You have one of the most painful injuries possible: an achilles tendon rupture. Frequently, it happens to middle-aged men who engage in inconsistent rigorous exercise. They often describe the pain as someone “kicking them.”
Regardless of how it happens, an achilles tendon rupture causes intense pain and has a months-long recovery.
But what’s the best way to get better from it? Should you have surgery done? What does the research suggest?
One study examined a total of 144 patients. 72 were treated operatively, and 72 non-operatively. 118 were male and 26 were female, with the average age being about 40.
2 patients in the operative group reruptured their achilles. 3 patients did so in the non-operative group. 13 patients had complications in the operative group. Just six had complications in the non-operative group. The groups did not have any significant difference in their strength or range of motion.
So in simple language, there was no huge difference in surgical versus non-surgical treatment in this study.
The study was published in 2010 by Kevin Willis and others in The Journal of Bone & Joint Surgery.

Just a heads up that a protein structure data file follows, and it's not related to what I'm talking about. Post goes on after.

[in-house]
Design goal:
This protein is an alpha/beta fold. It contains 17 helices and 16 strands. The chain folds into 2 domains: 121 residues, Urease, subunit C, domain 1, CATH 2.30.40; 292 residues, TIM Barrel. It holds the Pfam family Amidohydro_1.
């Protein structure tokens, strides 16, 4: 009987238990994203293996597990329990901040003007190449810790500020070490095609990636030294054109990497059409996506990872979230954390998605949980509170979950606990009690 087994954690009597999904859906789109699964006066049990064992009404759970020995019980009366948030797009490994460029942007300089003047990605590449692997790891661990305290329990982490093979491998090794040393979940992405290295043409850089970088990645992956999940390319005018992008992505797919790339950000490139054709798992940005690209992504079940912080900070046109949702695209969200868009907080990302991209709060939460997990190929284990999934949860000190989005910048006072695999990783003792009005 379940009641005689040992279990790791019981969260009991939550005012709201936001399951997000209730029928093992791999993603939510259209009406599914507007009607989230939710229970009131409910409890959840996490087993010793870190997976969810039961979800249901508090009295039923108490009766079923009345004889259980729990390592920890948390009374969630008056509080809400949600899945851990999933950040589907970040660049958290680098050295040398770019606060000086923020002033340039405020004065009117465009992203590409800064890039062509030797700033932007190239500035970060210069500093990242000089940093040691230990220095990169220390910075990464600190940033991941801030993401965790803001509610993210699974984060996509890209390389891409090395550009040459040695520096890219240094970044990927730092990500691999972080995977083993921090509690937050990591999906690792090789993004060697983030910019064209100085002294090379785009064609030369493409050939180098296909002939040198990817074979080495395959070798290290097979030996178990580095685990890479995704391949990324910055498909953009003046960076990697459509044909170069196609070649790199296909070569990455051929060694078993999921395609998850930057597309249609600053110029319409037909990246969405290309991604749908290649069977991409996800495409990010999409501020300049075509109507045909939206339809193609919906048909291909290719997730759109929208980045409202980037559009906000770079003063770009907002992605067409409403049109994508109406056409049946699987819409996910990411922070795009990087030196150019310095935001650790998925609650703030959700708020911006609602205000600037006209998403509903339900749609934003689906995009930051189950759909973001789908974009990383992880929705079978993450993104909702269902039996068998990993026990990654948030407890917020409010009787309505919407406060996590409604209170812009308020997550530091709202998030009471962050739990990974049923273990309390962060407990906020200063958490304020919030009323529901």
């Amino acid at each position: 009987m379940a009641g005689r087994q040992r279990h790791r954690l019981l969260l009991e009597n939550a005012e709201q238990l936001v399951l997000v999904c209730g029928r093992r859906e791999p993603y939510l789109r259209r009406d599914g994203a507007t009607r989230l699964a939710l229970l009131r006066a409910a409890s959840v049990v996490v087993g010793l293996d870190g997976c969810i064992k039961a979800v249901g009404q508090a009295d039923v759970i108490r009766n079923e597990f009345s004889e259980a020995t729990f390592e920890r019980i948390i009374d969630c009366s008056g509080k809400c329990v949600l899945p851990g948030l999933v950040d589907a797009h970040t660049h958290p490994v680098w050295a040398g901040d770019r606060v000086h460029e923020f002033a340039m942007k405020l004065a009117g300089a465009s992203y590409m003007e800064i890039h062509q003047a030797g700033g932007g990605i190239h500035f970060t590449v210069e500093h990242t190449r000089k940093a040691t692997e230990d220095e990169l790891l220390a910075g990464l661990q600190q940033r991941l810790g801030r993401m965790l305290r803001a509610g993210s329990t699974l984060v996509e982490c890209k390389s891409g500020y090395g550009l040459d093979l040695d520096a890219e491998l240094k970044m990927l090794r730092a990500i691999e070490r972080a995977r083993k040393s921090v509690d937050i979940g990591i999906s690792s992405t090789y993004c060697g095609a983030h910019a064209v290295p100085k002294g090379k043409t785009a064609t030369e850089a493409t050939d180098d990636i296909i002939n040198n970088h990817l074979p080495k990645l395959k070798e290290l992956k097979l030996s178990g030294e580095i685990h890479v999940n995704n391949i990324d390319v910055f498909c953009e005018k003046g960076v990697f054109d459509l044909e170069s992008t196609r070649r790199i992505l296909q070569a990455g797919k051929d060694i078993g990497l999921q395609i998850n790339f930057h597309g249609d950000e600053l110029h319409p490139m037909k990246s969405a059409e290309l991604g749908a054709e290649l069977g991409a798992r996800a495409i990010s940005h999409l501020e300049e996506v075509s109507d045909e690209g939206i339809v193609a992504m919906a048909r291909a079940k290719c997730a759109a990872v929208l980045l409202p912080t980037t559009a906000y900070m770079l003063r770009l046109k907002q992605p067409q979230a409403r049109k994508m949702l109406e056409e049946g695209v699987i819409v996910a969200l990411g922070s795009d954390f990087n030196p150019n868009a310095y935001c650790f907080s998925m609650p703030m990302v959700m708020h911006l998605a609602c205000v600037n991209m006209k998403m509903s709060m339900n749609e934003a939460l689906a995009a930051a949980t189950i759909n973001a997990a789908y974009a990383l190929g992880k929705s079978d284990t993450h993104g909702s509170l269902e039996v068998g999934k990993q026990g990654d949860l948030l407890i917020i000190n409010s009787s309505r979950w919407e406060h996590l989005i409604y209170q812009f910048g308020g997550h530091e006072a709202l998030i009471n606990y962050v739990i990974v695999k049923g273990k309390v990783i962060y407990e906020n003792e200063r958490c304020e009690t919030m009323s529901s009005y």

This study was also published in The Journal of Bone & Joint Surgery, and is accurate as of 2008.
It analyzed 800 patients from 12 other studies. It found open operative treatment had a lower risk of rerupture versus nonoperative treatment. However, it did have some risks of additional complications not found with nonoperative treatment. Those risks included infection, adhesions, and disturbed skin sensibility. Various nonoperative treatments were studied, but the sample studied was so small that no definitive conclusions could be made.
The bottom line that the study found was that operative treatment done percutaneously (where the inner tissue is not exposed) greatly reduces the possibility of rerupture. However, the tradeoff is that you have a much higher risk of other complications.
You Have a Decision to Make
For now, you have a decision you have to make together with your doctor. Would you rather risk rerupture or more minor complications?
This is the best medical technology allows at this point, so every answer is up to you the individual.
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